State lawmakers in Albany are making a push to ban the possession and sale of devices like bump stocks that can allow a semi-automatic weapon to fire like an automatic rifle.

“I believe we need to be as vigilant as we can possibly be to try to lack down, latch down, every weakness in the law that we can possibly do,” said Assemblywoman Pat Fahy, an Albany Democrat who introduced a version of the bill this week.

Bills to ban bump stocks were introduced this week after a gunman in Las Vegas is believed to have used the device to fire into a crowd at a concert, killing 58 people.

“I think there is an appetite because people feel vulnerable, my constituents feel vulnerable,” said Sen. Brad Hoylman, who carries a similar measure along with fellow Democratic Sen. John Brooks.

But there’s also some confusion over the legal status of bump stocks. Gov. Andrew Cuomo on Friday incorrectly said the devices were banned in the SAFE Act.

“We did that,” Cuomo told reporters in Cortland. “New York led the way and we frankly led the way before this whole rash of mass murders going on nationwide.”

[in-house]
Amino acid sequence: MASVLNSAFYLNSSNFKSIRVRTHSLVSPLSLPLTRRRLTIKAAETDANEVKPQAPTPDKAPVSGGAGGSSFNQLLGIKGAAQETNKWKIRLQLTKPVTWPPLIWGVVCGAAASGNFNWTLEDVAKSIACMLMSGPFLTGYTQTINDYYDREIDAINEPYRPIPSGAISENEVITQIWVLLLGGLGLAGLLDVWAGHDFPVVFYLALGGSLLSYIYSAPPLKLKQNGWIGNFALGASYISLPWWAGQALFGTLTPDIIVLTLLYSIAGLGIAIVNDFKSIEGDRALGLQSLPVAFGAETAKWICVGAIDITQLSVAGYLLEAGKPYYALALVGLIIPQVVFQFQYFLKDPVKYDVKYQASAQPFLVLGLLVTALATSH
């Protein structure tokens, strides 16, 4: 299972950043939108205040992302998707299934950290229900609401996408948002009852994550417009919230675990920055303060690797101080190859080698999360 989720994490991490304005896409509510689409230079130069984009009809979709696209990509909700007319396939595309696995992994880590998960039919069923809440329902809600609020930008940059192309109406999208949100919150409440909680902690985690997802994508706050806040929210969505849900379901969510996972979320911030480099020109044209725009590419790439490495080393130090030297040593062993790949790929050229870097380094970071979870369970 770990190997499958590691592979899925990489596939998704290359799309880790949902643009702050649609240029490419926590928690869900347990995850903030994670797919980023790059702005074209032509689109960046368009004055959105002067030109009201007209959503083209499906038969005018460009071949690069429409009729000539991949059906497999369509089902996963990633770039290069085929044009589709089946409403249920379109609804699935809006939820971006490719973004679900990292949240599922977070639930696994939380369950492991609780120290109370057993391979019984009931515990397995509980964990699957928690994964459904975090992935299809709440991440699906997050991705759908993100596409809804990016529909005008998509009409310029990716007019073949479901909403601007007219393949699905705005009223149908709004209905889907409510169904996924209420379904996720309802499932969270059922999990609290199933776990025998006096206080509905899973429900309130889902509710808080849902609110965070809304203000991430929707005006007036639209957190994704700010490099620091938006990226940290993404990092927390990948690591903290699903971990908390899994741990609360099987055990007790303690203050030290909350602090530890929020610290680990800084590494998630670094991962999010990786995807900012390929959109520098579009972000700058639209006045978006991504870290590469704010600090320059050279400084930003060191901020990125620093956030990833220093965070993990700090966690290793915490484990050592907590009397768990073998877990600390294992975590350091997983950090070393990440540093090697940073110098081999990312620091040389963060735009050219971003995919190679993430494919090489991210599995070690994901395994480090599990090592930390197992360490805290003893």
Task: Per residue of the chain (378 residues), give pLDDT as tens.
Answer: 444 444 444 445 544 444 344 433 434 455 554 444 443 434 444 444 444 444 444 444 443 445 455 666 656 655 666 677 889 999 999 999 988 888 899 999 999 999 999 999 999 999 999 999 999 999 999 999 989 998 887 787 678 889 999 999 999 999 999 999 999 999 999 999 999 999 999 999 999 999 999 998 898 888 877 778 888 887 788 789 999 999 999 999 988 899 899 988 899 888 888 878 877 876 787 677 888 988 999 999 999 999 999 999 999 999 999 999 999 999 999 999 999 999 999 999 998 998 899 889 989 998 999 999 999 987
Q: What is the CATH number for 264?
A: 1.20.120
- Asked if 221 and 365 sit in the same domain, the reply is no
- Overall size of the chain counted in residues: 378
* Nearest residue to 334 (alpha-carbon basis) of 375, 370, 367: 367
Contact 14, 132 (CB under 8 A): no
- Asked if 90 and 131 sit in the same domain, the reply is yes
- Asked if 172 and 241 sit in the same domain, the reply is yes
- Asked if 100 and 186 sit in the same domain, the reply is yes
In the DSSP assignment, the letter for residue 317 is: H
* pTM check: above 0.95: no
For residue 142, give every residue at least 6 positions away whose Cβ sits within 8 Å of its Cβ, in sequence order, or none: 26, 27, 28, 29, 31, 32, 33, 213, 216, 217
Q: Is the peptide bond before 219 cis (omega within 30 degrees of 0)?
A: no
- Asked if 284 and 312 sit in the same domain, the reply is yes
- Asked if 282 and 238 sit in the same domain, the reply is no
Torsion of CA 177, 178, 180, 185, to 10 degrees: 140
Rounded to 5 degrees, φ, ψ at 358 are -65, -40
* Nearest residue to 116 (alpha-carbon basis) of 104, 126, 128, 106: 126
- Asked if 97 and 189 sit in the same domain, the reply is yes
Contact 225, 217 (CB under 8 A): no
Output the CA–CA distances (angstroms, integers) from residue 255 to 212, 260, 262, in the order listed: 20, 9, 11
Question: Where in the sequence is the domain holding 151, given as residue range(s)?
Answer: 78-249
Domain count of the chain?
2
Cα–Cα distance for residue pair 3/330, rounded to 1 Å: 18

The claim the SAFE Act bans bump stocks and other similar devices has also been made by the Independent Democratic Conference in the Senate. But Cuomo misspoke on Friday.

The State Police this week pointed to a law that bans the attachment of devices that mimic automatic fire on semi-automatic weapons.

“Under a section of state law that pre-dates the SAFE Act,” said spokesman Beau Duffy, “attaching a bump stock to a semi-automatic weapon would be illegal.”

The possession or sale of bump stocks is legal, says Attorney General Eric Schneiderman’s office.

“The legislation that I and Senator Brooks have introduced would ban them completely and make it a felony to actually have one, for example, in the truck of your car,” Hoylman said.

Fahy’s bill, meanwhile, has the support of a Republican in the state Senate, Andrew Lanza of Staten Island.

“I think it’s a breakthrough here that the bill I’ve introduced is a bipartisan one,” she said.

The politics of gun control in the state Legislature, however, are tricky.

The SAFE Act’s passage angered gun owners in New York and several Republicans from upstate districts elected in recent years have vowed to repeal the measure.

It’s not clear if Republicans in the Senate would want to vote on another gun control bill. A Senate GOP spokesman did not return calls seeking comment, nor did the New York State Rifle And Pistol Association.